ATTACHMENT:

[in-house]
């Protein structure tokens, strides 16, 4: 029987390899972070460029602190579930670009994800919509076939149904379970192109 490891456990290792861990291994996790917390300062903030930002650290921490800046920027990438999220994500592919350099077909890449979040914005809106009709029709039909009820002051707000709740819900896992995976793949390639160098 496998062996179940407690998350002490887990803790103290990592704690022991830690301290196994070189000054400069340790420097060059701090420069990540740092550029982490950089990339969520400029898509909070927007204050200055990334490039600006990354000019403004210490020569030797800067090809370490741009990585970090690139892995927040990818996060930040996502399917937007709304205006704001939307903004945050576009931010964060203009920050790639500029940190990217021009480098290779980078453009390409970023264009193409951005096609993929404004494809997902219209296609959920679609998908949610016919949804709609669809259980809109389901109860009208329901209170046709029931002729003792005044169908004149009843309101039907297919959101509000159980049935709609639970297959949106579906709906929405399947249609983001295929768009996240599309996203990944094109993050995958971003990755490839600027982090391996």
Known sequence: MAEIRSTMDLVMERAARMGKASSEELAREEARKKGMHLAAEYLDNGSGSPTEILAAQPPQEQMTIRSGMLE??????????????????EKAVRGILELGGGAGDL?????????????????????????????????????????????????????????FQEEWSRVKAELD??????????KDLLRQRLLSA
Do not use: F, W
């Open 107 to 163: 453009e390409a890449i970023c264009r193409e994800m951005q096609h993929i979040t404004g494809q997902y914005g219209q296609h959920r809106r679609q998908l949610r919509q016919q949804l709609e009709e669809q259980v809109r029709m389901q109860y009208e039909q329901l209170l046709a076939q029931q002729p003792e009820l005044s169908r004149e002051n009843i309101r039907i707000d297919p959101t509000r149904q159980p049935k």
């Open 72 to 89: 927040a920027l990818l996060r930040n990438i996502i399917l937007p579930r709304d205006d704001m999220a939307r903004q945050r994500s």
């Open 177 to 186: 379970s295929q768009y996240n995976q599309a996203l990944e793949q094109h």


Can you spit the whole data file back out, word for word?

[in-house]
């Protein structure tokens, strides 16, 4: 029987390899972070460029602190579930670009994800919509076939149904379970192109 490891456990290792861990291994996790917390300062903030930002650290921490800046920027990438999220994500592919350099077909890449979040914005809106009709029709039909009820002051707000709740819900896992995976793949390639160098 496998062996179940407690998350002490887990803790103290990592704690022991830690301290196994070189000054400069340790420097060059701090420069990540740092550029982490950089990339969520400029898509909070927007204050200055990334490039600006990354000019403004210490020569030797800067090809370490741009990585970090690139892995927040990818996060930040996502399917937007709304205006704001939307903004945050576009931010964060203009920050790639500029940190990217021009480098290779980078453009390409970023264009193409951005096609993929404004494809997902219209296609959920679609998908949610016919949804709609669809259980809109389901109860009208329901209170046709029931002729003792005044169908004149009843309101039907297919959101509000159980049935709609639970297959949106579906709906929405399947249609983001295929768009996240599309996203990944094109993050995958971003990755490839600027982090391996």
Known sequence: MAEIRSTMDLVMERAARMGKASSEELAREEARKKGMHLAAEYLDNGSGSPTEILAAQPPQEQMTIRSGMLE??????????????????EKAVRGILELGGGAGDL?????????????????????????????????????????????????????????FQEEWSRVKAELD??????????KDLLRQRLLSA
Do not use: F, W
């Open 107 to 163: 453009e390409a890449i970023c264009r193409e994800m951005q096609h993929i979040t404004g494809q997902y914005g219209q296609h959920r809106r679609q998908l949610r919509q016919q949804l709609e009709e669809q259980v809109r029709m389901q109860y009208e039909q329901l209170l046709a076939q029931q002729p003792e009820l005044s169908r004149e002051n009843i309101r039907i707000d297919p959101t509000r149904q159980p049935k």
């Open 72 to 89: 927040a920027l990818l996060r930040n990438i996502i399917l937007p579930r709304d205006d704001m999220a939307r903004q945050r994500s």
């Open 177 to 186: 379970s295929q768009y996240n995976q599309a996203l990944e793949q094109h």